Cafe Reviews

EATING MCDOWELLA COOK'S TOUR OF PHOENIX'S FUNKIEST RESTAURANT ROW

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Our incredible eating journey draws to a close at the crossroads of 51st Avenue and McDowell. From the southwest, a high-rise Howard Johnson Plaza Hotel towers above the intersection, but we aren't concerned with it. Our first stop is Little China [28], 5030 West McDowell, in the Crossroads Village mall on the northeast corner.

Little China falls into the quantity-over-quality category. You have a choice here: buffet line or menu. Unfortunately, I learn this only after going to the buffet. The food is strictly serviceable here; nothing thrilled me. McDowell Square, a huge aging plaza on the northwest corner of McDowell and 51st Avenue, houses the last three restaurants we'll check out on our tour. Los Navarros [29], 5124 West McDowell, has been around for nearly twenty years. The accumulation of grease in the air seems about as old. The food is Sonoran-style and portions are big and unappealing. Though a sour cream enchilada is decent, almost everything else isn't.

Rice to You [30], 5132 West McDowell, is another mediocre entry. You can eat in or take out at Rice to You, but most people have it delivered. This little storefront prints so many take-out fliers, it has its own photocopy machine in the back by the rest rooms. The food is average to below-average.

Finally, there's The Italian Corner [31], 5150 West McDowell. This roomy family restaurant would be a great place for hearing live music. Since I have no great expectations for the food, I'm pleasantly surprised when the baked ziti, lasagna and hot Italian sub are pretty good. Not great, but good. On the other hand, I didn't care for the pizza at all.

So that's it, the end of the road--for our gastronomic purposes.
If my tour of McDowell's culinary delights has stimulated your interest enough that you'd like to start exploring the street for yourself, remember: though we've made this tour in one sitting, the research for this article was gathered during several weeks. McDowell cannot be eaten in one day!

In fact, eating McDowell would make a fine summer project for those of you hanging around Phoenix during the hellish months. Get your a.c. cranking and head down the old Miracle Mile. Trust me, the miracle is still happening. If I were condemned to eat on one street for the rest of my days in Phoenix, McDowell might just be it.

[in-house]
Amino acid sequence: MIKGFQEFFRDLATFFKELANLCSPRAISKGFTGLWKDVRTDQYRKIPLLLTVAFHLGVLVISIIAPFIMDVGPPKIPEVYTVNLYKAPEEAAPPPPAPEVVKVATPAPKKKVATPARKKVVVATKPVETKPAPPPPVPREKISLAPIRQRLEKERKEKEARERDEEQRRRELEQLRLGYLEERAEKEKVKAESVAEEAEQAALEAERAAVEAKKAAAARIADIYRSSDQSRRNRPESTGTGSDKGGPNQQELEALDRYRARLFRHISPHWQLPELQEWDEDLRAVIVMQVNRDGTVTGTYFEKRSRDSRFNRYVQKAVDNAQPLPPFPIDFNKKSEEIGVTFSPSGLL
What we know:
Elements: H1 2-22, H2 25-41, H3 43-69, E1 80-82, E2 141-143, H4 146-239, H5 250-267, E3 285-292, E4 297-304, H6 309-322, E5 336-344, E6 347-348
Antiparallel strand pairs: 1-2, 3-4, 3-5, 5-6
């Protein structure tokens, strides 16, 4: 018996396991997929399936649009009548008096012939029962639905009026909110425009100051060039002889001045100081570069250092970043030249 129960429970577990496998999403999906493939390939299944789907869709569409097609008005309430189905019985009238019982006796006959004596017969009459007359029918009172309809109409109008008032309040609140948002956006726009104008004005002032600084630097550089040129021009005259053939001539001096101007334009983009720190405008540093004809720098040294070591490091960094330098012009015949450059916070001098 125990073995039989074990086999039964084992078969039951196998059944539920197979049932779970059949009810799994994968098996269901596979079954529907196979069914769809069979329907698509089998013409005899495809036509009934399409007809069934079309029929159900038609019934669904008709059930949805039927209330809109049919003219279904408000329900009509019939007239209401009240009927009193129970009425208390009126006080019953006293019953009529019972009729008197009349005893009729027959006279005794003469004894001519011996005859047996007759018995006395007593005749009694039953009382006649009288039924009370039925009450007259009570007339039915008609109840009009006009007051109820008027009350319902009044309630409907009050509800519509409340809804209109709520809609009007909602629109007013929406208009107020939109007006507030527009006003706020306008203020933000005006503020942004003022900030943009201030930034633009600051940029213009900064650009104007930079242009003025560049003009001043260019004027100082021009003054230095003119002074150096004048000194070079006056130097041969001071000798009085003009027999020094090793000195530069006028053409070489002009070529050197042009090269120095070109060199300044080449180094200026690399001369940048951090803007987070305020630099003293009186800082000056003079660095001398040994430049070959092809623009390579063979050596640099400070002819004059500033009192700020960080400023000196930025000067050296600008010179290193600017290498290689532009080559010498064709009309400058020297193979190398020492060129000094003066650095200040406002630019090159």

Server: You want it spicy? Me: Yes. Server: Very spicy? Me: Yes. Server: Super spicy? Me: Yes.

When a restaurant's major design feature is the particle board covering its windows and walls, how good can the food be?

We put mediocrity behind us as we approach 24th Street, prime eating territory on McDowell. The restaurants are coming thick and fast.

The restaurants this far west are serving the community--which seems to value quantity and convenience over quality.

This McDowell area looks like a moonscape--or a scene from Repo Man: truck rental places, auto detail shops, tire lots and "cocktail lounges."

THE STEIGER STEAMROLLER... NV59-90

Pub:Publication:Phoenix New Times
Info:NV59-90 Category: Column
Page: 5
Keywords: Government
Correction Date: Correction:
Photo/Graphic:

THE STEIGER STEAMROLLER

Tom Fitzpatrick

I had just finished warning Sam Steiger what would happen if he ran for governor. "It won't be easy. They will come out of the dark corners to keep you from becoming governor." Steiger held his pipe tightly in the corner of his mouth. He remained silent for what seemed a long time. When he finally spoke, there was a shade of irony in his voice.

"They won't come after me until they think I'm winning," Steiger said. "But you're right. They'll come after me with guns blazing then."

Steiger jerked the pipe from his mouth. He smiled.
"Look, I'm not a boy," he said. "I understand how these things are done. I know the steps of the dance." Of course, he does. And along the way during his career as a state legislator and U.S. congressman, Steiger has even invented a few new steps.

Steiger's clearly leading the pack at this point. The polls show that, but more important, you can take your own political sounding. He's the only candidate anyone's talking about. He's on his way to winning the Republican party's primary. There's simply no one else in the race who anyone feels is capable of handling the job. Wherever Steiger goes, his candor, wit and obvious intelligence keep winning new supporters.

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Penelope Corcoran